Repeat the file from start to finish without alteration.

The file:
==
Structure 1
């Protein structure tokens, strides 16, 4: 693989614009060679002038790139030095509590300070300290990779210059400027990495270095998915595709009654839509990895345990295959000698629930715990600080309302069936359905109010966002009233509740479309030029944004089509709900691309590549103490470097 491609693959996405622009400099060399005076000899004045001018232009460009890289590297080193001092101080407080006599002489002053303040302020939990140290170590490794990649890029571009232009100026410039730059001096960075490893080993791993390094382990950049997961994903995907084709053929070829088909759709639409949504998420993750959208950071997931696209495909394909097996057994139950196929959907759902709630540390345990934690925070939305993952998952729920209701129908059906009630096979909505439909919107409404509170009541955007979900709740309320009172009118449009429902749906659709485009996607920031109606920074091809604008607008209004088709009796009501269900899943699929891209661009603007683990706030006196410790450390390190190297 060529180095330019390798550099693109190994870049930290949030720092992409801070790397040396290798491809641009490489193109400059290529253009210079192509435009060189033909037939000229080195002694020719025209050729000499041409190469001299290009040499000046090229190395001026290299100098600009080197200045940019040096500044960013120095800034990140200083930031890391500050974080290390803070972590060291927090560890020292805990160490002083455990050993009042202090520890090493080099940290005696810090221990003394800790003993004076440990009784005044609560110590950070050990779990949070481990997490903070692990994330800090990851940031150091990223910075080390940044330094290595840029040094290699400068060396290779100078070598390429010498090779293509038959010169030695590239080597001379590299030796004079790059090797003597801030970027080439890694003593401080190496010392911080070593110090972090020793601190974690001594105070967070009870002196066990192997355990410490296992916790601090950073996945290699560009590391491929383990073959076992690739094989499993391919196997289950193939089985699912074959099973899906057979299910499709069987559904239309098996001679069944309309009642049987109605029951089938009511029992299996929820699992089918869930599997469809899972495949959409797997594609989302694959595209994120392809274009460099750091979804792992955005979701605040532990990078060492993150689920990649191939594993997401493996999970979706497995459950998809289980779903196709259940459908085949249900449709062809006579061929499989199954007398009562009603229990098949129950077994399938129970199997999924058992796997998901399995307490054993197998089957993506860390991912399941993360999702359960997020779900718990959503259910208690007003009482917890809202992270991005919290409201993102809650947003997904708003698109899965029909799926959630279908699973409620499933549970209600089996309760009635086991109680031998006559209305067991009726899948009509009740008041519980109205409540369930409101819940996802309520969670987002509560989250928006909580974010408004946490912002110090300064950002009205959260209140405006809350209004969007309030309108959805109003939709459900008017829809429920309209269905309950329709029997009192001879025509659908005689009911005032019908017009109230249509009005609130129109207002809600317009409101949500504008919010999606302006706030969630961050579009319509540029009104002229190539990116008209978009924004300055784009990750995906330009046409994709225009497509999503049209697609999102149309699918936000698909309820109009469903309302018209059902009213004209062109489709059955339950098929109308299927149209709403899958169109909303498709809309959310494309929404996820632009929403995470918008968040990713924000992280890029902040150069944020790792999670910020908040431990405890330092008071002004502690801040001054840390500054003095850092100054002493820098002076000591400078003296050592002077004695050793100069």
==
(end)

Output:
Structure 1
């Protein structure tokens, strides 16, 4: 693989614009060679002038790139030095509590300070300290990779210059400027990495270095998915595709009654839509990895345990295959000698629930715990600080309302069936359905109010966002009233509740479309030029944004089509709900691309590549103490470097 491609693959996405622009400099060399005076000899004045001018232009460009890289590297080193001092101080407080006599002489002053303040302020939990140290170590490794990649890029571009232009100026410039730059001096960075490893080993791993390094382990950049997961994903995907084709053929070829088909759709639409949504998420993750959208950071997931696209495909394909097996057994139950196929959907759902709630540390345990934690925070939305993952998952729920209701129908059906009630096979909505439909919107409404509170009541955007979900709740309320009172009118449009429902749906659709485009996607920031109606920074091809604008607008209004088709009796009501269900899943699929891209661009603007683990706030006196410790450390390190190297 060529180095330019390798550099693109190994870049930290949030720092992409801070790397040396290798491809641009490489193109400059290529253009210079192509435009060189033909037939000229080195002694020719025209050729000499041409190469001299290009040499000046090229190395001026290299100098600009080197200045940019040096500044960013120095800034990140200083930031890391500050974080290390803070972590060291927090560890020292805990160490002083455990050993009042202090520890090493080099940290005696810090221990003394800790003993004076440990009784005044609560110590950070050990779990949070481990997490903070692990994330800090990851940031150091990223910075080390940044330094290595840029040094290699400068060396290779100078070598390429010498090779293509038959010169030695590239080597001379590299030796004079790059090797003597801030970027080439890694003593401080190496010392911080070593110090972090020793601190974690001594105070967070009870002196066990192997355990410490296992916790601090950073996945290699560009590391491929383990073959076992690739094989499993391919196997289950193939089985699912074959099973899906057979299910499709069987559904239309098996001679069944309309009642049987109605029951089938009511029992299996929820699992089918869930599997469809899972495949959409797997594609989302694959595209994120392809274009460099750091979804792992955005979701605040532990990078060492993150689920990649191939594993997401493996999970979706497995459950998809289980779903196709259940459908085949249900449709062809006579061929499989199954007398009562009603229990098949129950077994399938129970199997999924058992796997998901399995307490054993197998089957993506860390991912399941993360999702359960997020779900718990959503259910208690007003009482917890809202992270991005919290409201993102809650947003997904708003698109899965029909799926959630279908699973409620499933549970209600089996309760009635086991109680031998006559209305067991009726899948009509009740008041519980109205409540369930409101819940996802309520969670987002509560989250928006909580974010408004946490912002110090300064950002009205959260209140405006809350209004969007309030309108959805109003939709459900008017829809429920309209269905309950329709029997009192001879025509659908005689009911005032019908017009109230249509009005609130129109207002809600317009409101949500504008919010999606302006706030969630961050579009319509540029009104002229190539990116008209978009924004300055784009990750995906330009046409994709225009497509999503049209697609999102149309699918936000698909309820109009469903309302018209059902009213004209062109489709059955339950098929109308299927149209709403899958169109909303498709809309959310494309929404996820632009929403995470918008968040990713924000992280890029902040150069944020790792999670910020908040431990405890330092008071002004502690801040001054840390500054003095850092100054002493820098002076000591400078003296050592002077004695050793100069």